Love to Learn, Learn to Love.

England Juice

Just thinking about England while watching a football game on television between Brighton and Hove Albion and Huddersfield, being played in Falmer, Sussex.
Below : American Express Community Stadium in Farmer, Sussex, home pitch of BHA.E6B3CDC9-AA6A-4121-A93A-3D01A471A34D That new and beautiful pitch is located in Falmer, equidistant between Brighton on the east and Lewes, very close to Sussex University, where I earned my Masters in International Relations between 1969 and 1972, way back when, around 45 years ago, now.

I used to live in Brighton, first, and then in Hove, a part of my life I enjoy thinking about as my salad days. We had a gas, my girlfriend, Donna and my friend, Lorne, as well as other characters we encountered on our journeys.
Below: Brighton, Sussex, England.
One of the latter was a classic, “Paul” to the straight world, “Sebastian” to his buds and all the Hippies around in those days. He was homeless, relying on his friends, of which there were more of than a few, to provide shelter to this cashless guy, with his copy of the album “Mirror Man “ by Captain Beefheart** under his arm, and his Alsatian (German Shepherd) by his side. Like him, dog carried a dual aperture. She was “Hash” to the freaks and “Tessa” to those with, shall we say, more conventional views, including cops.
Below : Captain Beefheart – Don Glen Vliet – and album cover. Paul was hardly ever without this album under his arm.


Cops couldn’t simply approach Sebastian to search him. They tried once and Hash bit that guy, breaking his arm. To call her off, Mr. Sebastian simply said “Hash”, firmly, from some place deep inside this remarkable gentle man whom I grew to love. When the dog was with Paul, all the time in other words, they had to lay back and he was safe. Never got busted as far as I know.

Actually, one of the highlights of my 1982 visit to England was locating this guy and hanging out. The last time I was in Brighton, in the “summer” of 2013, I wasn’t that lucky. Couldn’t find Sebastian even though I went to check out our old haunts, pubs, mostly, as well as putting an ad in the local “Evening Argus” newspaper. Too fucking bad. Hope he’s still living. Some of my British friends have since died, most from from lung cancer and I am convinced it’s from all that tobacco we used to smoke – chain smoking straights except for me who didn’t smoke straights while stoned – I recall one time, somewhere in the world, when not stoned, I lit up a straight and the person I was with mentioned that he didn’t know that I even smoked cigarettes which I happened to not do when buzzed, for some reason..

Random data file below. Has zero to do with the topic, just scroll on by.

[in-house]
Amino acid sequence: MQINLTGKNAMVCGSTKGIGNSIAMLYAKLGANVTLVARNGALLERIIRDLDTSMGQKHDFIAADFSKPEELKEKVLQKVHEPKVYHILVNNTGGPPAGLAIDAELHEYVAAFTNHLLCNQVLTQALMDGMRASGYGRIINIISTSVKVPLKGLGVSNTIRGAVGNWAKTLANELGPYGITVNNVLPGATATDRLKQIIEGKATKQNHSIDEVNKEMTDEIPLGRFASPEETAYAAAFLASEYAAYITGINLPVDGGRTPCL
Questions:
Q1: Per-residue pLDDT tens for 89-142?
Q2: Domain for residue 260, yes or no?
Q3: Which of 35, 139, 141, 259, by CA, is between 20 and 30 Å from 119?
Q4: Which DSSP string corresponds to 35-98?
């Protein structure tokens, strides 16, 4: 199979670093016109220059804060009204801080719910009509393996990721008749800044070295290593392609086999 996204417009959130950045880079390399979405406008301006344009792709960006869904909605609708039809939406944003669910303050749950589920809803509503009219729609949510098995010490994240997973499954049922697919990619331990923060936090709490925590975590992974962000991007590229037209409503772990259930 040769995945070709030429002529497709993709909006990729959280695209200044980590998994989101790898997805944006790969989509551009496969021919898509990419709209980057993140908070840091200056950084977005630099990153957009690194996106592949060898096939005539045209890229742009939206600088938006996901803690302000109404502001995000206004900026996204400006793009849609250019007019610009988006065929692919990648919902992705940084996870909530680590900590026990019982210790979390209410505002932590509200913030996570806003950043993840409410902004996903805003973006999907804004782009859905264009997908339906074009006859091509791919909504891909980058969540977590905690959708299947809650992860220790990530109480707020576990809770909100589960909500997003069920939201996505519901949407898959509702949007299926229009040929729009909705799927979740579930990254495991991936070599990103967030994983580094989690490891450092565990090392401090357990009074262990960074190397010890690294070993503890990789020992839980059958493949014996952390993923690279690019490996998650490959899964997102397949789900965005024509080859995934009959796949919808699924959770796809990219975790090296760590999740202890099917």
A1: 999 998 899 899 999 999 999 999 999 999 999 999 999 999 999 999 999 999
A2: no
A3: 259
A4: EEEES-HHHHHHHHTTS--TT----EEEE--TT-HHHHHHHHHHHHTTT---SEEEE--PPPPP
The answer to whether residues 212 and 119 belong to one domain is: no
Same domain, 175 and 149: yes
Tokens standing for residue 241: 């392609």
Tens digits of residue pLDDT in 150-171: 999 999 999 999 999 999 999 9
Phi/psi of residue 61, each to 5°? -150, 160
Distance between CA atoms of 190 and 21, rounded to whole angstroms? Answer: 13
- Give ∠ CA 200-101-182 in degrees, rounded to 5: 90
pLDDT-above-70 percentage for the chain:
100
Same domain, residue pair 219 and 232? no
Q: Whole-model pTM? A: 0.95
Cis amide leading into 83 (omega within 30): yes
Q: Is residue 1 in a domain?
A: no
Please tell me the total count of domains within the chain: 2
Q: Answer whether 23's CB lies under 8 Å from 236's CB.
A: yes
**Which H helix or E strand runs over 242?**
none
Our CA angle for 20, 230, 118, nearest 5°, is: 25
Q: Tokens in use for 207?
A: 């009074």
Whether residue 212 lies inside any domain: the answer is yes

That and the fact that we constructed spliffs rather than simple joints, the former containing the tobacco from a single cigarette plus hash of course.

We used to use three skins – cigarette papers, Rizzla, I think, and stick two together on one side with a third skin perpendicular affixed to the other two. Then we used open up an entire smoke by licking the seam, breaking the filter, and pulling it down, along the wet seam, and emptying an entire straight into it. Then the hash and roll, add a filter of at least 1/4 inch wide and voila, an English spliff. Some of us used to put the filter in prior to rolling it up.

We used to suck this concoction rather than puff on it if we really wanted a strong stone, similar to how chillums. Imagine what that did to the lungs.

Now back to my story :
One time, Paul was crashing at our place, in Hove – we could actually see the English Channel/La Manche – from our living room window as well as from the window of the room which Sebastian was occupying that morning.

So I enter the room, take two steps in the dark, and immediately hear a low-throated growl emanating from Hash, the dog. Fortunately, that’s all it was, rather than something more painful than the fear I felt for the few seconds it took for me to escape from that room and quickly closing it the in my wake. I believe that that huge Alsatian had scented me out, and recognized me as a friend to Master Sebastian. Otherwise my unannounced foray into that dark room would have resulted in something worse than that growl, which I imagine I can still conjure up, exactly, after all these years.

I remember Sebastian, Hash and I going up to London01F090B3-9EAB-4D0D-ABBC-571C49B3A70B